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Molecular components of signal amplification in olfactory sensory cilia
Thomas Hengl, Hiroshi Kaneko, Kristin Dauner, Kerstin Vocke, Stephan Frings, Frank Möhrlen and Lily Y. Jan
Proceedings of the National Academy of Sciences of the United States of America
Vol. 107, No. 13 (March 30, 2010), pp. 6052-6057
Published by: National Academy of Sciences
Stable URL: http://www.jstor.org/stable/25665113
Page Count: 6
You can always find the topics here!Topics: Cilia, Nose, Chlorides, Neurons, Antibodies, Phosphorylation, Odors, Receptors, Signals, Rats
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The mammalian olfactory system detects an unlimited variety of odorants with a limited set of odorant receptors. To cope with the complexity of the odor world, each odorant receptor must detect many different odorants. The demand for low odor selectivity creates problems for the transduction process: the initial transduction step, the synthesis of the second messenger cAMP, operates with low efficiency, mainly because odorants bind only briefly to their receptors. Sensory cilia of olfactory receptor neurons have developed an unusual solution to this problem. They accumulate chloride ions at rest and discharge a chloride current upon odor detection. This chloride current amplifies the receptor potential and promotes electrical excitation. We have studied this amplification process by examining identity, subcellular localization, and regulation of its molecular components. We found that the Na⁺/K⁺/2Cl⁻ cotransporter NKCC1 is expressed in the ciliary membrane, where it mediates chloride accumulation into the ciliary lumen. Gene silencing experiments revealed that the activity of this transporter depends on the kinases SPAK and OSR1, which are enriched in the cilia together with their own activating kinases, WNK1 and WNK4. A second Cl⁻ transporter, the Cl⁻/HCO₃⁻ exchanger SLC4A1, is expressed in the cilia and may support Cl⁻ accumulation. The calcium-dependent chloride channel TMEM16B (ANO2) provides a ciliary pathway for the excitatory chloride current. These findings describe a specific set of ciliary proteins involved in anion-based signal amplification. They provide a molecular concept for the unique strategy that allows olfactory sensory neurons to operate as efficient transducers of weak sensory stimuli.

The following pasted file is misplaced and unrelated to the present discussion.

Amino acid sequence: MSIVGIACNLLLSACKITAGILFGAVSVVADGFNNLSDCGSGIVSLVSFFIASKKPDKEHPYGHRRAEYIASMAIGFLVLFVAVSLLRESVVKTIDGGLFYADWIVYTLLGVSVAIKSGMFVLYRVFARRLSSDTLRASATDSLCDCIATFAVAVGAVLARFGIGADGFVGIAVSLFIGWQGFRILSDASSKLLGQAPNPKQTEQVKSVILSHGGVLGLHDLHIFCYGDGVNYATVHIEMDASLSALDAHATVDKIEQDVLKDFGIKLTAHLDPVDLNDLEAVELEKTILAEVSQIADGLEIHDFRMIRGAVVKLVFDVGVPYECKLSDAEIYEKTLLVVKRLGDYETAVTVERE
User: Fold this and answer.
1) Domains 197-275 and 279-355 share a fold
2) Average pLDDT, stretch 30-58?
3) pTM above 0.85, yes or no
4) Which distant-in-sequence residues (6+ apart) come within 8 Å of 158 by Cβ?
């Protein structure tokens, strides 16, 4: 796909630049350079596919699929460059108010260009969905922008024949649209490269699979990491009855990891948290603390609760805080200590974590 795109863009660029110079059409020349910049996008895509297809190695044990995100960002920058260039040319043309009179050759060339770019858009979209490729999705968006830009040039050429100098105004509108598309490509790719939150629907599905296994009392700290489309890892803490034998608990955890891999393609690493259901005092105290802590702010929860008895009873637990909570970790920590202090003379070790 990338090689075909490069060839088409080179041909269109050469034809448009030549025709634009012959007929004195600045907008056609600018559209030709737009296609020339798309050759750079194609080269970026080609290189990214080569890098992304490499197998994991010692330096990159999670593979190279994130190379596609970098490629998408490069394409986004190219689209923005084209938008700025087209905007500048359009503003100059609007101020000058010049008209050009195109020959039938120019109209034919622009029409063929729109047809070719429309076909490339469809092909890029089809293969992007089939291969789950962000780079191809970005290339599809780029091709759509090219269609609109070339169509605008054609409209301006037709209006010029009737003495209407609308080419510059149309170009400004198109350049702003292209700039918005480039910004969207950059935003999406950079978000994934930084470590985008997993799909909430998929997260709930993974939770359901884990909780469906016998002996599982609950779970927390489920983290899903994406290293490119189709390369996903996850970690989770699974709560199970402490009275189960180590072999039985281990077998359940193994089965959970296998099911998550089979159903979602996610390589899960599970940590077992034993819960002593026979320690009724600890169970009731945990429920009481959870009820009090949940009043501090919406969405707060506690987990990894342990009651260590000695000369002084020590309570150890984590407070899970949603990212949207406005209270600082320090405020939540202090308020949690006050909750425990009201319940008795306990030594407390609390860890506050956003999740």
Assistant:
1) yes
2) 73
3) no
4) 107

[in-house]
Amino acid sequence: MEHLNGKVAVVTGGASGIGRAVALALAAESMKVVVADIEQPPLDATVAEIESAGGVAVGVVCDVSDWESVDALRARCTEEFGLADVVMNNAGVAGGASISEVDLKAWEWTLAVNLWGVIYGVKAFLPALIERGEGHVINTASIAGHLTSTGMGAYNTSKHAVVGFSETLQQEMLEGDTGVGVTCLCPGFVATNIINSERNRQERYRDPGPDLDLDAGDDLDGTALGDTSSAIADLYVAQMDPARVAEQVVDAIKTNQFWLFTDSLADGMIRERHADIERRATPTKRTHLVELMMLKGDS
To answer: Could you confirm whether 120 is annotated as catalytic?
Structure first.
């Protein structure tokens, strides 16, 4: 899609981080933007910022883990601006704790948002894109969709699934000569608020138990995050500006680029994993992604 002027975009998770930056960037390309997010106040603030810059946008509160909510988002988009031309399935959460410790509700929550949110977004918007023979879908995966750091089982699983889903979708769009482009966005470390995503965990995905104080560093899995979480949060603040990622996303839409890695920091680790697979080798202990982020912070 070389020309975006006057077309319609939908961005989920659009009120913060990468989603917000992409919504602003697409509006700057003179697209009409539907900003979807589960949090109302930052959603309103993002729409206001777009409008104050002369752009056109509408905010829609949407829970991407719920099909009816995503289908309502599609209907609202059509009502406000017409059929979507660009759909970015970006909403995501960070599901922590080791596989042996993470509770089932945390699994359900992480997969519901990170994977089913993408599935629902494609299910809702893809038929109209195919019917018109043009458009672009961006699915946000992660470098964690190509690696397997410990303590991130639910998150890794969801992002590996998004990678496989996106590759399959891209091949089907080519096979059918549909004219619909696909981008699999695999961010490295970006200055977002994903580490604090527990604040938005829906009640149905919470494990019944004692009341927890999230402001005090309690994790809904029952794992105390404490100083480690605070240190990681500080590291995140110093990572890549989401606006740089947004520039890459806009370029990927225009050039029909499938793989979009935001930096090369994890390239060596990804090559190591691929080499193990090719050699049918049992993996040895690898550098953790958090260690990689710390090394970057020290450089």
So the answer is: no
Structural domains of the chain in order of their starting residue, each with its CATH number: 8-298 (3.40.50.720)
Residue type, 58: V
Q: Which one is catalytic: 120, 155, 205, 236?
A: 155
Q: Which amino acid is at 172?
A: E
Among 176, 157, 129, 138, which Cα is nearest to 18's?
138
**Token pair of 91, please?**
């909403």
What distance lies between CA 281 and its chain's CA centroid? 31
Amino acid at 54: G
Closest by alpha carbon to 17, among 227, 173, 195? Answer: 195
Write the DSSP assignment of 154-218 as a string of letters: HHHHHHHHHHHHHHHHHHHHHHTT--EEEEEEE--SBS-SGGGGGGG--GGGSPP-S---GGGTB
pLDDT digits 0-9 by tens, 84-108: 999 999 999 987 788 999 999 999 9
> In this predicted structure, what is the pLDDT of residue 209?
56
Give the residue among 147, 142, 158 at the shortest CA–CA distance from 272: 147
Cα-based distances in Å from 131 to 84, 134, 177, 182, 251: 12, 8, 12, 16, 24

Proceedings of the National Academy of Sciences of the United States of America © 2010 National Academy of Sciences